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If you are gong with a 2.5" lift you can go either 33 or 35. Here is some advice from someone(me) who made one decision then regretted it the first time I went offroading. Bought 33s and loved the way they looked. Then I lifted my Jeep and went wheeling and immediately knew I should have bought 35s so I did! If you have any inclination that you may want 35s just do it the first time
 

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You don’t “need” any different tires than what came with your Jeep, it is about what you want. Obviously the bigger the tire the more ground clearance you will gain and the type of tire will determine the amount of off road traction you gain (like maximum traction, highway traction, all terrain etc…)Maximum Traction is like mud tires. Large voids and lugs to self-clean mud and debris also have re-enforced sidewalls to prevent side punctures while off-road. Highway Traction is on road tires. All Terrain is something in between.

Also the bigger the tire the more unsprung rotational mass you are adding, effectively compromising performance. Typically if you buy wheels from a reputable vendor they will order/sell you wheels with the correct backspacing to run wider tires. Since you have Sahara 18’s, tires will be MUCH more expensive for this wheel. You could probably buy a 15” or 16” wheel with tires versus tires alone for your 18” stock wheels plus you would still need to spend about $200 on good wheel spacers.

You have to ask yourself what kind of wheeling do you do, what look are you going for and what is your budget. Only you can answer those questions. We can suggest though. A 2.5” lift is perfect, doesn’t funk up steering geometry and will fit 33’s or 35’s nicely. In your case though I would suggest 33” tires, like Goodyear Duratrac. An all-terrain tire but with an aggressive tread pattern. 33’s will not require you to re-gear your axles and will fit nicely under the lift, but will also fit at stock height.

-Dan
Great advice!:thumb:
 

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Discussion Starter · #8 ·
If you are gong with a 2.5" lift you can go either 33 or 35. Here is some advice from someone(me) who made one decision then regretted it the first time I went offroading. Bought 33s and loved the way they looked. Then I lifted my Jeep and went wheeling and immediately knew I should have bought 35s so I did! If you have any inclination that you may want 35s just do it the first time
Were you okay with the wheels you bought, or did you have to buy all new wheels besides the tires?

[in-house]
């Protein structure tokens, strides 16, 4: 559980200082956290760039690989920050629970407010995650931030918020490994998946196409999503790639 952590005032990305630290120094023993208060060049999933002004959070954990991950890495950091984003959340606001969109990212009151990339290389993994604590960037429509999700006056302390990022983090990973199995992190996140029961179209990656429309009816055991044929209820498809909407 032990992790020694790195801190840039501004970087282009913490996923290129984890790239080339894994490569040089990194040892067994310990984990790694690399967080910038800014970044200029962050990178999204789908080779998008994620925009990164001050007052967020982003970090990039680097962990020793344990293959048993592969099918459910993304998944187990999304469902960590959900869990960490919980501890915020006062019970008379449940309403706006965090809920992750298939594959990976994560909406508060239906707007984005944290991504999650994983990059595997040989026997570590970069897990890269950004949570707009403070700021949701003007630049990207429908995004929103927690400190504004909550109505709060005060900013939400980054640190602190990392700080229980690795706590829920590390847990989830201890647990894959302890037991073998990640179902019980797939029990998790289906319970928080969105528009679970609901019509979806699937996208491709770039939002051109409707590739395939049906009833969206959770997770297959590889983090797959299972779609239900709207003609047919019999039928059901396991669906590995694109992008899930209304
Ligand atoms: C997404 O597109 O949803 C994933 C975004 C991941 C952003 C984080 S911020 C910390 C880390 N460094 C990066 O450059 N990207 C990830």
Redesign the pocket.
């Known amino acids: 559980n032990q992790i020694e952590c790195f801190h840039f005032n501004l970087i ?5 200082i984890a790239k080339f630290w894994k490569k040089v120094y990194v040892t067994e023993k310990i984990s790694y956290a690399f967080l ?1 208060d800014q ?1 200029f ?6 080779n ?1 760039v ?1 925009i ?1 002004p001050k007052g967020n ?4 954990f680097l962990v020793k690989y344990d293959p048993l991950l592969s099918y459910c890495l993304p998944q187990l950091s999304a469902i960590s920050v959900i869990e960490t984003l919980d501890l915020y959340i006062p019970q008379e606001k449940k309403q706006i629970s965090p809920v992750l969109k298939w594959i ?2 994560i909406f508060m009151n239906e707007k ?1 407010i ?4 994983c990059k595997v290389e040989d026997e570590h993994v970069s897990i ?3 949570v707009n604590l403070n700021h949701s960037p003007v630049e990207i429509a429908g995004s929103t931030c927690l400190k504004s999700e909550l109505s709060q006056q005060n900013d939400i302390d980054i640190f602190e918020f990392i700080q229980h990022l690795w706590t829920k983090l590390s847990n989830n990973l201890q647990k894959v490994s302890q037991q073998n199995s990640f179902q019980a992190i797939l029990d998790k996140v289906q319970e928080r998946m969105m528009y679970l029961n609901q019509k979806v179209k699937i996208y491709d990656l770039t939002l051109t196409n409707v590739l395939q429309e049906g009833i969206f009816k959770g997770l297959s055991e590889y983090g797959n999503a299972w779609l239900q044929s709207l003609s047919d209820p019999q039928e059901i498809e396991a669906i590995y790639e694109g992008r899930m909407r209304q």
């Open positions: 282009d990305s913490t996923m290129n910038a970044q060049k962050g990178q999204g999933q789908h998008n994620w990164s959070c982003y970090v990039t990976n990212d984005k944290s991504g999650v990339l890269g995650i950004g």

I think I have to deal with that "pinch" seam at the front of the rear wheel wells. I'd assume it has to be fixed for either 33`s or 35's
 

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Were you okay with the wheels you bought, or did you have to buy all new wheels besides the tires?
I think I have to deal with that "pinch" seam at the front of the rear wheel wells. I'd assume it has to be fixed for either 33`s or 35's
I decided to get new wheels each time. First time I used 17" and got new ones so I could sell the stock wheels and tires and help offset the cost. When I switched to 35s I went o a 15" wheel for two reasons, 1, cost, and 2, better for offroading with more sidewall flex when aired down.
 

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Discussion Starter · #10 ·
I decided to get new wheels each time. First time I used 17" and got new ones so I could sell the stock wheels and tires and help offset the cost. When I switched to 35s I went o a 15" wheel for two reasons, 1, cost, and 2, better for offroading with more sidewall flex when aired down.
Good points.
 

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Discussion Starter · #11 ·
I decided to get new wheels each time. First time I used 17" and got new ones so I could sell the stock wheels and tires and help offset the cost. When I switched to 35s I went o a 15" wheel for two reasons, 1, cost, and 2, better for offroading with more sidewall flex when aired down.
Why did you decide to go from 33 to 35?
 

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Why did you decide to go from 33 to 35?
I wanted a tire size that performed better offroad and the lift I ultimately chose gave me a bit more lift so it looked a little funny with the 33s.